Abstracción

English translation: with its broken outline

19:32 Jul 18, 2018
Spanish to English translations [PRO]
Art/Literary - Poetry & Literature / Novel
Spanish term or phrase: Abstracción
I'm translating a portion of the novel EL ANIMAL SOBRE LA PIEDRA by the Mexican writer Daniela Tarazona, which is fairly heady/poetic book about a woman who slowly metamorphoses into a reptile after the death of her mother. This is from towards the beginning of the book, when her perception of the objects surrounding her begins to change. I can't quite wrap my head around what the parenthetical "cuya abstracción era rota" might mean here. Here's the source, followed by my attempt at the complete paragraph (with a literal translation of the "abstracción" part, for lack of an alternative). I'm also not entirely confident in my interpretation of the rest of the sentence following the colon.

Era profundo el temor que me producía mi propia casa, por eso sentí la necesidad de huir. En los momentos de pánico los contornos de las cosas me amenazaban: las esquinas de los muebles, la irregularidad de la escalera o el perfil de la azotea -cuya abstracción era rota-: pensaba primero en la azotea, me asomaba por la puerta de la entrada y estiraba el cuello para medir su altura, mi mirada no estaba vinculada a la idea de peligro, pero me hacía ver que la azotea era un riesgo. No imaginé lanzarme de la azotea, sino que ella, en sí misma, representaba una amenaza para mí.

My own house produced a deep fear inside of me—that’s why I felt like I had to flee. In my moments of panic, the contours of things were threatening: the corners of furniture, the uneveneness of the staircase, the silhouette of the rooftop (whose abstraction was broken): the rooftop was the first thing I thought of—I peeked through the door and stretched my neck to see how high it was—I didn’t look because I thought it was a risk, but looking did make me see that the rooftop was a risk. I wasn’t thinking about throwing myself off it, but rather that it, on its own, represented a threat for me.


I know that this is an overbroad question, so thank you for your help!
Kevin Dunn
United States
English translation:with its broken outline
Explanation:
based on everything, I think this might do the job
Selected response from:

David Hollywood
Local time: 01:04
Grading comment
Thank you!
4 KudoZ points were awarded for this answer



Summary of answers provided
3 +1whose impression in my mind was a jagged [broken] one
JohnMcDove
2 +1with its broken outline
David Hollywood


Discussion entries: 6





  

Answers


4 hrs   confidence: Answerer confidence 2/5Answerer confidence 2/5 peer agreement (net): +1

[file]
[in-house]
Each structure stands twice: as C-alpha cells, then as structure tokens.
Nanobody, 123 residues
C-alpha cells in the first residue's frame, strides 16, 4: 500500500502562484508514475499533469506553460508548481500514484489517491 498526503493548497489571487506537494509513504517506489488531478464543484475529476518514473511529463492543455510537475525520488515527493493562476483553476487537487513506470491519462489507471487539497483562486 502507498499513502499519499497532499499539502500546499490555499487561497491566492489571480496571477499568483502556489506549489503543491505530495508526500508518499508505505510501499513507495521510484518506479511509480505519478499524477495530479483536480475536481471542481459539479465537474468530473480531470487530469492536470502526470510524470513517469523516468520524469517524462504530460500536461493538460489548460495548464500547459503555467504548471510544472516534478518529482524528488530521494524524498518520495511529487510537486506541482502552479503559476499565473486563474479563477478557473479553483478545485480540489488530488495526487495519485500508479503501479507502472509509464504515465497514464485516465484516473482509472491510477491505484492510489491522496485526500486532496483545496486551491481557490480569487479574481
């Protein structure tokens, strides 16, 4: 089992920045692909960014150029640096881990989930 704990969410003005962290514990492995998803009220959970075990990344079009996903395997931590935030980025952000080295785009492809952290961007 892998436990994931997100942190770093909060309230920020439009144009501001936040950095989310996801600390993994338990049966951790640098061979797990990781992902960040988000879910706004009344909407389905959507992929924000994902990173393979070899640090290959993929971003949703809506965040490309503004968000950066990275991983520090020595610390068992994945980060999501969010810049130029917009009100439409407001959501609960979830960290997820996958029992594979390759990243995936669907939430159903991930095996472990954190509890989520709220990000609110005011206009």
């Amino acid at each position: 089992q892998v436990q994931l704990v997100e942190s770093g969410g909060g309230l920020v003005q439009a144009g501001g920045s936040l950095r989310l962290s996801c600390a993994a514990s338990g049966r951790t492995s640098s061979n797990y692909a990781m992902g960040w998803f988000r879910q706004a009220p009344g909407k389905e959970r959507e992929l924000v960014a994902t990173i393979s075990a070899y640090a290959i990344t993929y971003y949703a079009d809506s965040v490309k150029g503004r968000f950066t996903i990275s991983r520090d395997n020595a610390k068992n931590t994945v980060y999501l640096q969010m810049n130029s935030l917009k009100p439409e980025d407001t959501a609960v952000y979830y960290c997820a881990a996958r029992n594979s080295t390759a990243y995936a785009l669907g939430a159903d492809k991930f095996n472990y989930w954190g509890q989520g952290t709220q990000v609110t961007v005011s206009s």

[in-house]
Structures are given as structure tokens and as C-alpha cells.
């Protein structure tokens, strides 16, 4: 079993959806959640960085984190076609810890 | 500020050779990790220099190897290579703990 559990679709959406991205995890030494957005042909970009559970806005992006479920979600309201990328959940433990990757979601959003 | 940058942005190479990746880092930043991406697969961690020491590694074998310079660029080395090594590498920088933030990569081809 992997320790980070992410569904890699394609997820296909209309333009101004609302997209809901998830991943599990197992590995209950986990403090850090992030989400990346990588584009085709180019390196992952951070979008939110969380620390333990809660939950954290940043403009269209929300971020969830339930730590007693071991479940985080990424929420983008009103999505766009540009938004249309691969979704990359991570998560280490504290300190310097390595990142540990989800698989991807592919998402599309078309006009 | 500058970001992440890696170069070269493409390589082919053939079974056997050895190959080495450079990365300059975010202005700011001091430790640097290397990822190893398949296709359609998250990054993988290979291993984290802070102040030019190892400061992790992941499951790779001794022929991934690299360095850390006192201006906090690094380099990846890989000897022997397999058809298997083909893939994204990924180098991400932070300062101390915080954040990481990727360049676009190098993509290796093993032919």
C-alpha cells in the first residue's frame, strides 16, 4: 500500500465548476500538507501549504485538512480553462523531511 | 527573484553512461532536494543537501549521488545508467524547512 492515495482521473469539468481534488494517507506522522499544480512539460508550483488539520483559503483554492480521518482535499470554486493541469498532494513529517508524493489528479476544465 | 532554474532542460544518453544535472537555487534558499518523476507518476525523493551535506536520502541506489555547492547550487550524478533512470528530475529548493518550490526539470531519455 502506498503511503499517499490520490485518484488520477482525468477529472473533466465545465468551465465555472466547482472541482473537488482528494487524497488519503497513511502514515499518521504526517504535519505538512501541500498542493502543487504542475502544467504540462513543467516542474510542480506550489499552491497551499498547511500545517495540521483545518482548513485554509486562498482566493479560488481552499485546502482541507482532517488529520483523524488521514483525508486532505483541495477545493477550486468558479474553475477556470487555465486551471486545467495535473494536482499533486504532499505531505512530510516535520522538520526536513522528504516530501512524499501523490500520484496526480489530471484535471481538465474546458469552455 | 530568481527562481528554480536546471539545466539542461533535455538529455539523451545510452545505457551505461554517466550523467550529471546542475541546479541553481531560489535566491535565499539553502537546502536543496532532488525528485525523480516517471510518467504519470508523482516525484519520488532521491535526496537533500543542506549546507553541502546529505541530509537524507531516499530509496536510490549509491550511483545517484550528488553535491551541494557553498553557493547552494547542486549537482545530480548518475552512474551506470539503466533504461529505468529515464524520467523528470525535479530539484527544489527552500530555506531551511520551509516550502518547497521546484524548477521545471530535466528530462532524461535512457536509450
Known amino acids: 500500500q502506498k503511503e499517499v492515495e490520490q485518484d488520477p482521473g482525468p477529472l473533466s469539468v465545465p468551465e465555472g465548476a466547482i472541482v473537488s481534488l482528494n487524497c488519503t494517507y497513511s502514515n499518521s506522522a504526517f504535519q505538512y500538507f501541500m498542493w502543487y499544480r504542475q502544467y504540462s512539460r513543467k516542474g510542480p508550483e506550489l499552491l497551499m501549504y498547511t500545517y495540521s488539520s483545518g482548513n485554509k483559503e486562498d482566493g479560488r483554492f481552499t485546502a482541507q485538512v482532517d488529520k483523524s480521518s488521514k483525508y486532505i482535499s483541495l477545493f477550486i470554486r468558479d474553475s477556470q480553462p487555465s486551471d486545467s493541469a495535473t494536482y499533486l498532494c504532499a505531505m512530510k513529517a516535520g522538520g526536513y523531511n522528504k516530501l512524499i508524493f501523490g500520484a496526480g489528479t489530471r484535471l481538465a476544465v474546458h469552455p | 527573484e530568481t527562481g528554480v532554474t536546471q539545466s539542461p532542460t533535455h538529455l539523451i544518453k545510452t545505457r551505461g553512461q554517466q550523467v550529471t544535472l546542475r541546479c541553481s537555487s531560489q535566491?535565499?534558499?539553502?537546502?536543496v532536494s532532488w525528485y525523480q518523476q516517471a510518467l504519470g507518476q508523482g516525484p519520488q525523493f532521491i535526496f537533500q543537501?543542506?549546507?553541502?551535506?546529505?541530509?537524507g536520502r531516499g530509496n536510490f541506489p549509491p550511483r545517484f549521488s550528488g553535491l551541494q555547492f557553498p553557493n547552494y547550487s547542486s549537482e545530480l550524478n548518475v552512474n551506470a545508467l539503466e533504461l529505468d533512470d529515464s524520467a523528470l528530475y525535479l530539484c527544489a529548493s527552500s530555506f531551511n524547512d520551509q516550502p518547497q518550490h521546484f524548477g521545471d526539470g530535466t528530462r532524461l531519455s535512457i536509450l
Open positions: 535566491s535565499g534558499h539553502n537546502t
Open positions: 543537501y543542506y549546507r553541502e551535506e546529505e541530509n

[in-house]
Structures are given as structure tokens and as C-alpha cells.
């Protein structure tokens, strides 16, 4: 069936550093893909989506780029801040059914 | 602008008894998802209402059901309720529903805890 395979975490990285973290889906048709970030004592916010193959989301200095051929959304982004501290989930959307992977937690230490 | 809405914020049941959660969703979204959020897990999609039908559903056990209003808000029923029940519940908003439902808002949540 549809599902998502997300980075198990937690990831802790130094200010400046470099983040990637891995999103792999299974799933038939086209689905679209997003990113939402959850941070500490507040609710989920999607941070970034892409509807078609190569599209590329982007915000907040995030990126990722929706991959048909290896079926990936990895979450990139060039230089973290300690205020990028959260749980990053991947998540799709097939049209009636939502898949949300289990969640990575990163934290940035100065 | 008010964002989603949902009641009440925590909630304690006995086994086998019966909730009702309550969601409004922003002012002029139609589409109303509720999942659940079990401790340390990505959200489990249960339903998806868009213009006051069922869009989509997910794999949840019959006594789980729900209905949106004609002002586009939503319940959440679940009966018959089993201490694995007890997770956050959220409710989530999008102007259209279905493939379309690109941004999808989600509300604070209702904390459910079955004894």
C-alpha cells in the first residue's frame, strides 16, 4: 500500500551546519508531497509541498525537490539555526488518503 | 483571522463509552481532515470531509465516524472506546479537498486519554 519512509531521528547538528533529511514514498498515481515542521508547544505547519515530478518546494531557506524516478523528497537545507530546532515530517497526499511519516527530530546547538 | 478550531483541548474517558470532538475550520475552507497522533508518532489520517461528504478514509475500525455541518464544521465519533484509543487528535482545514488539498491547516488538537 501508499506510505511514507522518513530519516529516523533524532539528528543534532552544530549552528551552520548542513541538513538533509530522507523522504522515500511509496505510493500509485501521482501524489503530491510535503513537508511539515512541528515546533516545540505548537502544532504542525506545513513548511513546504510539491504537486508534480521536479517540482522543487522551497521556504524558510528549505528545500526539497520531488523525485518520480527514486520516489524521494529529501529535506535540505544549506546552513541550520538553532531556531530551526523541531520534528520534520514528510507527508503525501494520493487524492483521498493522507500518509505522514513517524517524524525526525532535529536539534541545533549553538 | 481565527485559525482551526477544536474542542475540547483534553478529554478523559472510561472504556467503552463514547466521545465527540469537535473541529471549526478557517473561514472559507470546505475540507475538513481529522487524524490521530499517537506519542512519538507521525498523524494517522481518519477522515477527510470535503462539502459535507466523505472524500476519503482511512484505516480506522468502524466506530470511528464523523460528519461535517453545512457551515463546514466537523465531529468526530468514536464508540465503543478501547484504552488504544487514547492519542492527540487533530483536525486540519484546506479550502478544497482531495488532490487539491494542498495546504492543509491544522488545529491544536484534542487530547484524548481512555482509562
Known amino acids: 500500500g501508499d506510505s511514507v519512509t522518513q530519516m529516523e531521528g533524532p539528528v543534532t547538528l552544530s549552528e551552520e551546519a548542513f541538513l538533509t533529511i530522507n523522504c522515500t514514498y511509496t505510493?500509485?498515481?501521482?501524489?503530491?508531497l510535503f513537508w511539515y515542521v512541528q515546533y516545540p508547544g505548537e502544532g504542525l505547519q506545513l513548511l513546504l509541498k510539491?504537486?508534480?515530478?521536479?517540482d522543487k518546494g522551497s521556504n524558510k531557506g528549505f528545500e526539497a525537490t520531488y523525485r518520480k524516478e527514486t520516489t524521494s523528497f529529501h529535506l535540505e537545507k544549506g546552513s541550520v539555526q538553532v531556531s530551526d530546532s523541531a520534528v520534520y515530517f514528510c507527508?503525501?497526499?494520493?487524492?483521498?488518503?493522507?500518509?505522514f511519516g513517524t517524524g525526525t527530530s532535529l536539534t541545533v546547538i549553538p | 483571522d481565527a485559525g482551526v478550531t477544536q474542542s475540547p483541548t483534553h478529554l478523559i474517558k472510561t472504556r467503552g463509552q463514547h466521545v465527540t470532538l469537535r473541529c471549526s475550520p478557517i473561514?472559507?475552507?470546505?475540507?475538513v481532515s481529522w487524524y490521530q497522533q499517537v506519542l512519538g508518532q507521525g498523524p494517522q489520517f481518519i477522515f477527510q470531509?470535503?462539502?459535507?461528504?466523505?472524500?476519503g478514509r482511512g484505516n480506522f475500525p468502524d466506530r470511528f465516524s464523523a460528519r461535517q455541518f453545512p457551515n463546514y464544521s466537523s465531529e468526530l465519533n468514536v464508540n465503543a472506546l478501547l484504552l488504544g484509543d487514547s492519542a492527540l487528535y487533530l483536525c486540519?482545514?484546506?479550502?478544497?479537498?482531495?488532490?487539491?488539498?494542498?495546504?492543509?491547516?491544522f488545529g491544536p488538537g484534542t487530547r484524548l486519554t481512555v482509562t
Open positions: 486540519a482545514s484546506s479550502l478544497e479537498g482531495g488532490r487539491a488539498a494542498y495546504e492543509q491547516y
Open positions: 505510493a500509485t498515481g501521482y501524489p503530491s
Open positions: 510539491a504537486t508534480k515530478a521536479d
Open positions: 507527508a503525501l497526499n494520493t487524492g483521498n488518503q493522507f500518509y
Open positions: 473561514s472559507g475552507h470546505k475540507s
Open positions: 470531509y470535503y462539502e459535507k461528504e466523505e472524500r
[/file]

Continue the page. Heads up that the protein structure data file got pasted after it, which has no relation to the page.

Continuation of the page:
with its broken outline


Explanation:
based on everything, I think this might do the job

David Hollywood
Local time: 01:04
Native speaker of: Native in EnglishEnglish
PRO pts in category: 116
Grading comment
Thank you!

Peer comments on this answer (and responses from the answerer)
agree  neilmac: I take it my check is in the post... :)
8 hrs
  -> on its way and thanks Neil
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9 hrs   confidence: Answerer confidence 3/5Answerer confidence 3/5 peer agreement (net): +1
whose impression in my mind was a jagged [broken] one


Explanation:
Excuse my broken English, but "abstracción" would be "idea abstracta", per María Moliner, Diccionario de uso del español, and probably that could be conveyed as "an overall impression in the viewers mind", as in, not really having and exact "HD" vision of the "silhouette of the rooftop", but having the "abstract" or even "vague" idea on how it looked.

In other words, if you ask me how it was, I cannot really give you and exact, accurate detail of how it was, the jagged edges, and what angles of the tiles were, and so forth-- and/or the many other specific details, but I have the "overall /abstract impression that it was a "craggy" (if you can use that for a roof) broken silhouette of the rooftop.

"Era" is used instead of "estaba", because that is the way it was (in the mind of the 1st person, the writer, narrating the story...)

I hope this sheds some light, from a Spaniard viewpoint.

Saludos cordiales y suerte.

(Re-reading my answer, comes to mind some kind of cubist painting, maybe because "abstracción" is also "arte abstracto"... but it looks to me like the image picture in the mind of the narrator... ;-)

JohnMcDove
United States
Local time: 21:04
Specializes in field
Native speaker of: Native in SpanishSpanish
PRO pts in category: 8

Peer comments on this answer (and responses from the answerer)
agree  Anne Schulz
2 hrs
  -> Thank you very much, Anne. :-)
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